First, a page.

Mr. Keane looks like Gordon Lindsey, I told my dad in 1961.
Gordon Lindsey was the owner of the local mortuary, the one we kids tip-toed by on our way to school. Mr. Lindsey grew red roses and calla lilies in the front yard of the white home. Ionian columns flanked each side of the front door. Dark green awnings shaded the windows from the sun.
Why do they care about the sun when the people in there are dead, I often thought and sometimes expressed to my friends, as we scooted past the house.
At least Gordon Lindsey has some life in him, my dad observed. On Wednesdays, at our Rotary Club meetings, he comes alive and jokes around, just like you, Cheri.
My heart swelled with love and satisfaction upon hearing my dad’s tacit acceptance of my jokes. Dad’s subtle nod, whether by comment or eye contact, validated my very existence.
I hate Mr. Keane, I told my dad in 1961.
Hate is a strong word Cheri.
Well, I do and nothing you or mom say will make me change my mind. My mind is made up and that is that, I added for emphasis.
The next day, I slid into my desk and waited for the bell to ring, signaling the start of another mundane day of 6th grade.
Good Morning, students, said Mr. Keane in Gregorian chant.
Good Morning, Mr. Keane, we parroted back.
Why, Mr. Keane wasn’t keen at all! Out on the playground, I began schooling the slower kids first.
Hey, Mike, did you notice that Mr. Keane isn’t keen?
Mike came close to me, looking deeply into my brown eyes.
I get it, he said, as if a large padded mallet had just hit his cranial gong.
Back in the classroom, I thought, Mr. Keane is an oddball with no humor. I didn’t mind odd, but humorless people scared me. Math instruction began. For once, he left his desk. His bony pointing finger touched down on my lousy math paper like a scythe. He jiggled chalk in his hand, a ghostly extension with four other thin white fingers.
He moved about our classroom like Mark Twain’s undertaker in Huck Finn.
“ He was the softest, glidingest, stealthiest man I ever see; and there warn’t no more smile to him than there is to a ham.”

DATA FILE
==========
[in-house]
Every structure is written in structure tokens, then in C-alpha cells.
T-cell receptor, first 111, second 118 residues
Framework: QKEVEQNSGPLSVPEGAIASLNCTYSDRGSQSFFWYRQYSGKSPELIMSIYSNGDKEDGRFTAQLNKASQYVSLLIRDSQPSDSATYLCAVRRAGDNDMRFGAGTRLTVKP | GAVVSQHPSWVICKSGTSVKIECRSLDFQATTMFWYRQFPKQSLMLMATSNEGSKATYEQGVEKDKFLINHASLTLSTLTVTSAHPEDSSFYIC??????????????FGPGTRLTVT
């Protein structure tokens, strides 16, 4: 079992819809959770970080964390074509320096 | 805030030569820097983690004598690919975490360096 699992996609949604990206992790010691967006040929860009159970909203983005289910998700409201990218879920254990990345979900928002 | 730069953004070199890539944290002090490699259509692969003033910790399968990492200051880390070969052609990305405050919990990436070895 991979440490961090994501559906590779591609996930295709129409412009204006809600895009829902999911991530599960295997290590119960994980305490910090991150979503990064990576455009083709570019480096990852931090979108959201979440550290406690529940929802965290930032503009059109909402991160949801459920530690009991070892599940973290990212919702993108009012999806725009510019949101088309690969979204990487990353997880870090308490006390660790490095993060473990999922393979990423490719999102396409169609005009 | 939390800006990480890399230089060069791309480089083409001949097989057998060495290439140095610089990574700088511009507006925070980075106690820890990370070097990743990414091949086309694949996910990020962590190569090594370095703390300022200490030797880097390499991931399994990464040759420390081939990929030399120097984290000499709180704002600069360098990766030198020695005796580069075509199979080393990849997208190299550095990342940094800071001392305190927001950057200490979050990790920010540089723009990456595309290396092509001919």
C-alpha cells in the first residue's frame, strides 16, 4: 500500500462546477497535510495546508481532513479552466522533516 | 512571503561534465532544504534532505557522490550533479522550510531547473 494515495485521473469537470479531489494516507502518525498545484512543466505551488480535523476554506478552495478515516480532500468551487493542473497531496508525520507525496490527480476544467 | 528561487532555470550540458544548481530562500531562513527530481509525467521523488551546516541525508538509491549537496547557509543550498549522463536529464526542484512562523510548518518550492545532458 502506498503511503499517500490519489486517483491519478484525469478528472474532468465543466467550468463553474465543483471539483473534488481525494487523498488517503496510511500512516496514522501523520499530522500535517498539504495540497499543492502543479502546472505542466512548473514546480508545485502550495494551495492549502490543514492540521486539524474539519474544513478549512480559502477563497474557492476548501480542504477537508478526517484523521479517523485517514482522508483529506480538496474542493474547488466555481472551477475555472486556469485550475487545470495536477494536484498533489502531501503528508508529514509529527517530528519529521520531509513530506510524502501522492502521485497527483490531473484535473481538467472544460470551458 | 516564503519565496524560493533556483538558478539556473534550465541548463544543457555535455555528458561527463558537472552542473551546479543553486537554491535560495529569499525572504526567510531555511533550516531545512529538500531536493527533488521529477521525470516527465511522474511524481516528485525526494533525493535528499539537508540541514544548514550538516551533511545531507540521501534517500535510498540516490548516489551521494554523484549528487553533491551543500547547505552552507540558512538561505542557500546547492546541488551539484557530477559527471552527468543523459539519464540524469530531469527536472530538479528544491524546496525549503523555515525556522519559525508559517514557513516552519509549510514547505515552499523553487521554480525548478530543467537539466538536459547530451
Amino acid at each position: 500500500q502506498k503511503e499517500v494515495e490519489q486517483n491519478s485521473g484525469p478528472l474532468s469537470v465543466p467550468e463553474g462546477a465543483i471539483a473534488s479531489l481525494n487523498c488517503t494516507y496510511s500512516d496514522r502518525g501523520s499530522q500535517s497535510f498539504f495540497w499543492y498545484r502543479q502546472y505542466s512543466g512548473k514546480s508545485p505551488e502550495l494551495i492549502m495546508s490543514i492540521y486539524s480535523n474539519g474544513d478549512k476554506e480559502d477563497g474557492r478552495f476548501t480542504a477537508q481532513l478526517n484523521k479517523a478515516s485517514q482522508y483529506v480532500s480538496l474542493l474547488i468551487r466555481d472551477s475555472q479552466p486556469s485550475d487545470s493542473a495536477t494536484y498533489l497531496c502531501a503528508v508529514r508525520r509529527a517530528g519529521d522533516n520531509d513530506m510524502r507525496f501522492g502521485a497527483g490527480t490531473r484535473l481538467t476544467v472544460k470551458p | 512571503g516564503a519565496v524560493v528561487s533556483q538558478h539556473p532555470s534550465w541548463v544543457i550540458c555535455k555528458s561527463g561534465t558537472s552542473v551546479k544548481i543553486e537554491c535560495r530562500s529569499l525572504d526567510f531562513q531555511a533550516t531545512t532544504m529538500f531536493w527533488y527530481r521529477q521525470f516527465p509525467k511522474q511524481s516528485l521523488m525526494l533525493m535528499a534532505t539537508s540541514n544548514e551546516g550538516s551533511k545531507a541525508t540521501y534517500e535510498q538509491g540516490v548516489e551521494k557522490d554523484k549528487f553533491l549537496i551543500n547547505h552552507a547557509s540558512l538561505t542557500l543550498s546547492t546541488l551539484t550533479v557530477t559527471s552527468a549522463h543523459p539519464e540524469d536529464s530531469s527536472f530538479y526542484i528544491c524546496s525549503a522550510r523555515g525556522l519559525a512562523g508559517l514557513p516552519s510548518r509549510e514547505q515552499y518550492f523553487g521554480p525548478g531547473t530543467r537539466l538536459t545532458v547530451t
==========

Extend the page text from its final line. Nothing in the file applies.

I was the type of ham you wanted in a classmate, suspicious of overarching authority, sneaky, and sometimes, funny. That Mr. Keane and I were heading for a clash was inevitable.
Because life in Mr. Keane’s classroom was akin to life in a mortuary, I felt an anointed need to plan a prank of grand proportion. At lunch, as I took more treasured marbles –steelies, cat-eyes, and purries—from the 6th grade boys in our daily game of Ringer, and as my sock of marbles drooped heavily with those jewels of victory, I hatched the plan.
The strategy was simple: In a show of collective action, all 32 of us will shut our math books loudly at the same time (upon my signal).
Out on the softball field during lunch recess, I revealed my plan to Mike.
Tomorrow during math, I will cough twice. All of us will flip our books closed in a unified whonk, I carefully explained, hoping Mike would get it. At that moment, a fly landed on my hand and with one swat, I killed it.
Wow. You’re quick, Mike observed.
Thanks. I know, I said with my customary humility. You tell the boys; I’ll tell the girls.
That night around the dinner table, my little brother Steve wrapped his dinner in a napkin, fried liver with bacon, and stuffed that ticking olfactory bomb into the hutch’s drawer behind his chair.
I saw his transgression but kept it to myself. In light of my own plotting, I’d wait for that piece of meat, rich in iron, to ripen into a bad smell in our dining room. Then, Stevie and I would both have something to look forward to: annoying those in control.
The next day at school during math, we executed our prank: I coughed twice and 32 hormonal brats slammed their math books shut in unison.
Mr. Keane, who taught from behind his desk, jerked his head up in surprise.
Then, ominously, he slid his black-rimmed reading glasses down his thin nose.
Who planned this silly joke? He asked without any hint of amusement.
Well, if no one comes forward, then you all shall pay for your disrespect of me and of mathematics (especially fractions). Instead of reading you Sherlock Holmes after lunch, I will choose a scary story, sure to bring a confession to the table.
After lunch, Mr. Keane read Edgar Allen Poe’s A Tell-Tale Heart.
My own heart began to beat harder, so hard, I was sure Mike, Dede, and Christine could either hear or feel the thumping.
No one budged when Mr. Keane put The Collected Works of Edgar Allen Poe down on his desk.
Class, you all have committed a grave error today. He looked at me.
That sound! That cacophony of rudeness! Why, that slap to my face and my position have upset me greatly. To this histrionic statement, my adrenal glands delivered to my heart a shot of momentary satisfaction.
For one of you, the one who orchestrated such a dull distraction, this little trick will be the final nail in your coffin.
School ended and I walked home, past Gordon Lindsey’s mortuary, home to the House of Usher, where I knew a crack had already formed in the dining room wall.
During dinner, my father had one thing to say:
Who the hell stuffed the liver in the drawer?